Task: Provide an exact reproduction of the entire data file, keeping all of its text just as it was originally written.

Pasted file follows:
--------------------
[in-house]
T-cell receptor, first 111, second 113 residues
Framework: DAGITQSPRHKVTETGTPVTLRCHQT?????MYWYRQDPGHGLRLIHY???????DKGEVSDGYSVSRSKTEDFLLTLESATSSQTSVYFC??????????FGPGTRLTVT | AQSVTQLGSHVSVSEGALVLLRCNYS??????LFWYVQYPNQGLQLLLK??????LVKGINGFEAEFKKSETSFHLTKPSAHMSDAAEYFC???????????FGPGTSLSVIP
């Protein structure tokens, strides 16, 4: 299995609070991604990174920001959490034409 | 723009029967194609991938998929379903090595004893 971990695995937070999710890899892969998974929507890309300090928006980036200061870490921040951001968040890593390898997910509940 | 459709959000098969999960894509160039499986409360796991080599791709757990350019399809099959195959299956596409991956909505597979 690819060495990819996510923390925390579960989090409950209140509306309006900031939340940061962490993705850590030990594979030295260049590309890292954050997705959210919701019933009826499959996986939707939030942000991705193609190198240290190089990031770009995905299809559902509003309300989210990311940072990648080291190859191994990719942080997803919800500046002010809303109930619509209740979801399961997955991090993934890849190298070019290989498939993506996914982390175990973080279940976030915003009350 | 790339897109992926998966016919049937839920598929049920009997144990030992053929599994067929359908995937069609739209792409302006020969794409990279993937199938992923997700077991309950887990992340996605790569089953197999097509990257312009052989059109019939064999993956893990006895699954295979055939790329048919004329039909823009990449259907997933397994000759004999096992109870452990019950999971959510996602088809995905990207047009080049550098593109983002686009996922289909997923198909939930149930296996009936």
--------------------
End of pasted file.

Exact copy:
[in-house]
T-cell receptor, first 111, second 113 residues
Framework: DAGITQSPRHKVTETGTPVTLRCHQT?????MYWYRQDPGHGLRLIHY???????DKGEVSDGYSVSRSKTEDFLLTLESATSSQTSVYFC??????????FGPGTRLTVT | AQSVTQLGSHVSVSEGALVLLRCNYS??????LFWYVQYPNQGLQLLLK??????LVKGINGFEAEFKKSETSFHLTKPSAHMSDAAEYFC???????????FGPGTSLSVIP
């Protein structure tokens, strides 16, 4: 299995609070991604990174920001959490034409 | 723009029967194609991938998929379903090595004893 971990695995937070999710890899892969998974929507890309300090928006980036200061870490921040951001968040890593390898997910509940 | 459709959000098969999960894509160039499986409360796991080599791709757990350019399809099959195959299956596409991956909505597979 690819060495990819996510923390925390579960989090409950209140509306309006900031939340940061962490993705850590030990594979030295260049590309890292954050997705959210919701019933009826499959996986939707939030942000991705193609190198240290190089990031770009995905299809559902509003309300989210990311940072990648080291190859191994990719942080997803919800500046002010809303109930619509209740979801399961997955991090993934890849190298070019290989498939993506996914982390175990973080279940976030915003009350 | 790339897109992926998966016919049937839920598929049920009997144990030992053929599994067929359908995937069609739209792409302006020969794409990279993937199938992923997700077991309950887990992340996605790569089953197999097509990257312009052989059109019939064999993956893990006895699954295979055939790329048919004329039909823009990449259907997933397994000759004999096992109870452990019950999971959510996602088809995905990207047009080049550098593109983002686009996922289909997923198909939930149930296996009936």